Here’s an understatement: People like online shopping.
It’s easy to see why. One-click shopping and perks like two-day delivery are extremely convenient, but they are taking a toll on our cities and neighborhoods. The U.S. Postal Service alone delivered more than 6 billion packages in 2018.
Since self-driving vehicles can potentially move people and goods simultaneously, they hold great potential to make deliveries even more convenient and efficient.
That’s where Digit comes in. Digit is a two-legged robot designed and built by Agility Robotics to not only approximate the look of a human, but to walk like one, too. Gaining access to a customer’s door often requires walking through obstacles, including going up stairs and dealing with other challenges, which can be hard for robots with wheels to do since only about 1 percent of homes in the United States are wheelchair-accessible. Digit is built out of lightweight material and capable of :
lifting packages that weigh up to 40 pounds
going up and down stairs
walking naturally through uneven terrain
reacting to things like being bumped without losing its balance and falling over.
unique design also allows it to tightly fold itself up for easy storage in the back of a self-driving vehicle
While Digit needs to function on its own, the desire to keep it lightweight and capable of dynamic movement led to an innovative idea: Letting it tap the resources of another robot.
A self-driving vehicle is capable of creating a detailed map of the surrounding environment, so why not share that data with Digit instead of having it recreate the same type of information? After all, both Digit and the self-driving car need to know where they are in the world, where they need to go and how to get there. When a self-driving vehicle brings Digit to its final destination, the vehicle can wirelessly deliver all the information it needs, including the best pathway to the front door. Through this data exchange, Digit can work collaboratively with a vehicle to situate itself and begin making its delivery.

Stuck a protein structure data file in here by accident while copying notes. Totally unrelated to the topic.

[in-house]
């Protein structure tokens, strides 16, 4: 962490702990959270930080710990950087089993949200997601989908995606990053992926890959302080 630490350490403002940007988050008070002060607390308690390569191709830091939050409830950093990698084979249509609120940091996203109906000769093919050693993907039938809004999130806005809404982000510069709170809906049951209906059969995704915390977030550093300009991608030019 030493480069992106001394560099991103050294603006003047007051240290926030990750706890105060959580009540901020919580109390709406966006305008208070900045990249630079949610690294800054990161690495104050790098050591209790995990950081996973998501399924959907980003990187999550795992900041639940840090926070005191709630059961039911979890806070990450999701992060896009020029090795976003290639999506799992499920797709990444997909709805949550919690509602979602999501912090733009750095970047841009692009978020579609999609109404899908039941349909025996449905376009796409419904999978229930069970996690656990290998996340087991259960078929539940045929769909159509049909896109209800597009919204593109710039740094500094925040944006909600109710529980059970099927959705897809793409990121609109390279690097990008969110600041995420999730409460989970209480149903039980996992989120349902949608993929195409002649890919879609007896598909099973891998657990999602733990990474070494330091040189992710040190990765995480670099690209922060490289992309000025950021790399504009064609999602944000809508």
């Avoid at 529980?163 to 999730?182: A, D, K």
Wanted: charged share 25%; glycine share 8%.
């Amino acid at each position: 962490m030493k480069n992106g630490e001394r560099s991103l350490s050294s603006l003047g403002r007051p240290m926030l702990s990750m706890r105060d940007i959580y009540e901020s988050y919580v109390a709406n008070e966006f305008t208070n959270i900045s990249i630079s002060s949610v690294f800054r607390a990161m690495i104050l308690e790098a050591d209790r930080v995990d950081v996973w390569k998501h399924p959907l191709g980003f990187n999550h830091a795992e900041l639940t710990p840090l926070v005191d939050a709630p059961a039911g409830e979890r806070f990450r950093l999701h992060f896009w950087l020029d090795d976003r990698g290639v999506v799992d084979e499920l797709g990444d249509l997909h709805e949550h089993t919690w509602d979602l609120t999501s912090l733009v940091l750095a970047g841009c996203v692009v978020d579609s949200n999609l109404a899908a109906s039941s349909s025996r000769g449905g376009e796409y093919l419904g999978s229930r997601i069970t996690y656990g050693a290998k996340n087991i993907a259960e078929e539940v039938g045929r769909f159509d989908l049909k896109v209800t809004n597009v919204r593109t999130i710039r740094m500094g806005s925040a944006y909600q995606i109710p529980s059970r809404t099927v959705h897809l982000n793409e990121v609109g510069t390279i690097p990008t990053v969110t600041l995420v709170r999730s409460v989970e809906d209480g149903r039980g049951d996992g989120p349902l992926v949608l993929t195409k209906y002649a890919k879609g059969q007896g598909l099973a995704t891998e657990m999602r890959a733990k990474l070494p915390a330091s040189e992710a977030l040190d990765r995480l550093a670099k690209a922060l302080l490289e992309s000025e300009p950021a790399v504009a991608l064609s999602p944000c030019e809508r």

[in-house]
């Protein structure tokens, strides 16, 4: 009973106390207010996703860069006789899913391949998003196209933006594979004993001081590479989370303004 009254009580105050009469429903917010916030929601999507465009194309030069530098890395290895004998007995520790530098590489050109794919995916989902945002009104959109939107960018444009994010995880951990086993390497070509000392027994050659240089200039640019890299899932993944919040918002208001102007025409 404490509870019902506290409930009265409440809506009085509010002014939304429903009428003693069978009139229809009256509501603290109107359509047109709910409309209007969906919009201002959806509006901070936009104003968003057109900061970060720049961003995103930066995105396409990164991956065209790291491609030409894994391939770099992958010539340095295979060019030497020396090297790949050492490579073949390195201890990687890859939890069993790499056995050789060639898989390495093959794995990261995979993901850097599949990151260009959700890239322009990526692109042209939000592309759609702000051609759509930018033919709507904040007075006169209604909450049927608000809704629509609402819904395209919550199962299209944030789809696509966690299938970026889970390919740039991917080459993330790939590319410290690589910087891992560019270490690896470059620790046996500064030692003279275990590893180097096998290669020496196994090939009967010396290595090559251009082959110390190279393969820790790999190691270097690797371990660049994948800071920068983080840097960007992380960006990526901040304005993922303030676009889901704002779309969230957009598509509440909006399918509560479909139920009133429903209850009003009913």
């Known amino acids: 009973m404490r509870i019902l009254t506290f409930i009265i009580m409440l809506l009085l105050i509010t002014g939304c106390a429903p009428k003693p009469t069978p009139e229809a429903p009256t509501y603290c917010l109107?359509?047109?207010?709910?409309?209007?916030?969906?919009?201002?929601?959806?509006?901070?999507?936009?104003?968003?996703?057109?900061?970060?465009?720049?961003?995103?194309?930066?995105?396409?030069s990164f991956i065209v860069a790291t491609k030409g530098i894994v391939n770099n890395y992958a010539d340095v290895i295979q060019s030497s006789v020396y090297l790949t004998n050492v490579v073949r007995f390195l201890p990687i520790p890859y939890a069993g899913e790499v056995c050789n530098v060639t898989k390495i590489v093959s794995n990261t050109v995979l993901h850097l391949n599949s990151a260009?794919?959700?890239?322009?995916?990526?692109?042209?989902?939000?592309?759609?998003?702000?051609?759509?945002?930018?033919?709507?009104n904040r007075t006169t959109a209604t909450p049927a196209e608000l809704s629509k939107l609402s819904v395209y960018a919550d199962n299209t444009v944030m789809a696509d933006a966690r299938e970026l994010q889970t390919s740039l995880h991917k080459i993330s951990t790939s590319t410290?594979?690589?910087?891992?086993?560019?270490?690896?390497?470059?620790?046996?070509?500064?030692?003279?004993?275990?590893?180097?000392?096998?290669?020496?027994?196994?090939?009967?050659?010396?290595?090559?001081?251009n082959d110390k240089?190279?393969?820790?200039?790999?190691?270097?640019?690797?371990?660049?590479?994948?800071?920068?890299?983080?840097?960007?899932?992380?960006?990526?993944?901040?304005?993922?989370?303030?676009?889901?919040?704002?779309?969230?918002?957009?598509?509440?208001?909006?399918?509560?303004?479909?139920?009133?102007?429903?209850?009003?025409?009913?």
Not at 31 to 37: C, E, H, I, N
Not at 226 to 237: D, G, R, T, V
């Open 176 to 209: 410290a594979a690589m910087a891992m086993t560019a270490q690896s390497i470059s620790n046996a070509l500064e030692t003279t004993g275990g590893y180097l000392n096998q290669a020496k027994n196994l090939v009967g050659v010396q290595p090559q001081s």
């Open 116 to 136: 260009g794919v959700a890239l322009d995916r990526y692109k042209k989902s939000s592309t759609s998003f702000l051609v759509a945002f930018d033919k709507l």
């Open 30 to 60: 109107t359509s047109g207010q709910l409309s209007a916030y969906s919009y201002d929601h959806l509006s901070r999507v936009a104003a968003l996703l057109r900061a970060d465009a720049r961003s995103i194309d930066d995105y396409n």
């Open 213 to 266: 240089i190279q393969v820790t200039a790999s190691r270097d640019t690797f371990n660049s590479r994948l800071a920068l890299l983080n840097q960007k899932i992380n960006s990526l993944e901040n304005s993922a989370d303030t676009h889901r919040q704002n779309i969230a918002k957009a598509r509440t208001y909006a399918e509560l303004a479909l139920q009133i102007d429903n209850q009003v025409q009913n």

Outfitted with a LiDAR and a few stereo cameras, Digit itself has just enough sensory power to navigate through basic scenarios. If it encounters an unexpected obstacle, it can send an image back to the vehicle and have the vehicle configure a solution. The car could even send that information into the cloud and request help from other systems to enable Digit to navigate, providing multiple levels of assistance that help keep the robot light and nimble.
Whether we are working side-by-side with robots in our numerous factories around the world or living with them as they help push packages to our door, our primary goal is to ensure they are safe, reliable and capable of working alongside people in intelligent ways.
Through our collaboration with Agility, we are striving to determine the best way for our self-driving vehicles to cooperate with Digit and understand how this new delivery method can be taken advantage of in the future.